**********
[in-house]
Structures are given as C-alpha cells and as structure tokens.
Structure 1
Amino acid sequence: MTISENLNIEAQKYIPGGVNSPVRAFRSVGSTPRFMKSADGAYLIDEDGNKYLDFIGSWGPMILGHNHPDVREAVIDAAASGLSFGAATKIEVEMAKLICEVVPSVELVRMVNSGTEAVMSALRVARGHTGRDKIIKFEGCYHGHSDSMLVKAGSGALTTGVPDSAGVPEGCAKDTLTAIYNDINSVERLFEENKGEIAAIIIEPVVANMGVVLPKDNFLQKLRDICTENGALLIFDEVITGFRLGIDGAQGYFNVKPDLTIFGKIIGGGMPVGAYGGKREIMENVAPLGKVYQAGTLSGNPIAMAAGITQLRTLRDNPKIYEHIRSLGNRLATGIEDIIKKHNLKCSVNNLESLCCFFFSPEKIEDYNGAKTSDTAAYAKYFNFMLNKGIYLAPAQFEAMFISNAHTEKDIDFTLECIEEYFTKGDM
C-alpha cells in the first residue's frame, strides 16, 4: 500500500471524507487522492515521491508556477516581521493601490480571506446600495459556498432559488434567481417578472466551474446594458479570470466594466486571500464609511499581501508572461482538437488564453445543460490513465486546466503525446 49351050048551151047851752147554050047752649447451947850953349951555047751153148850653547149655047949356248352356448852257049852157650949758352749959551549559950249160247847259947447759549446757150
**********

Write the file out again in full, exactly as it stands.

[in-house]
Structures are given as C-alpha cells and as structure tokens.
Structure 1
Amino acid sequence: MTISENLNIEAQKYIPGGVNSPVRAFRSVGSTPRFMKSADGAYLIDEDGNKYLDFIGSWGPMILGHNHPDVREAVIDAAASGLSFGAATKIEVEMAKLICEVVPSVELVRMVNSGTEAVMSALRVARGHTGRDKIIKFEGCYHGHSDSMLVKAGSGALTTGVPDSAGVPEGCAKDTLTAIYNDINSVERLFEENKGEIAAIIIEPVVANMGVVLPKDNFLQKLRDICTENGALLIFDEVITGFRLGIDGAQGYFNVKPDLTIFGKIIGGGMPVGAYGGKREIMENVAPLGKVYQAGTLSGNPIAMAAGITQLRTLRDNPKIYEHIRSLGNRLATGIEDIIKKHNLKCSVNNLESLCCFFFSPEKIEDYNGAKTSDTAAYAKYFNFMLNKGIYLAPAQFEAMFISNAHTEKDIDFTLECIEEYFTKGDM
C-alpha cells in the first residue's frame, strides 16, 4: 500500500471524507487522492515521491508556477516581521493601490480571506446600495459556498432559488434567481417578472466551474446594458479570470466594466486571500464609511499581501508572461482538437488564453445543460490513465486546466503525446 49351050048551151047851752147554050047752649447451947850953349951555047751153148850653547149655047949356248352356448852257049852157650949758352749959551549559950249160247847259947447759549446757150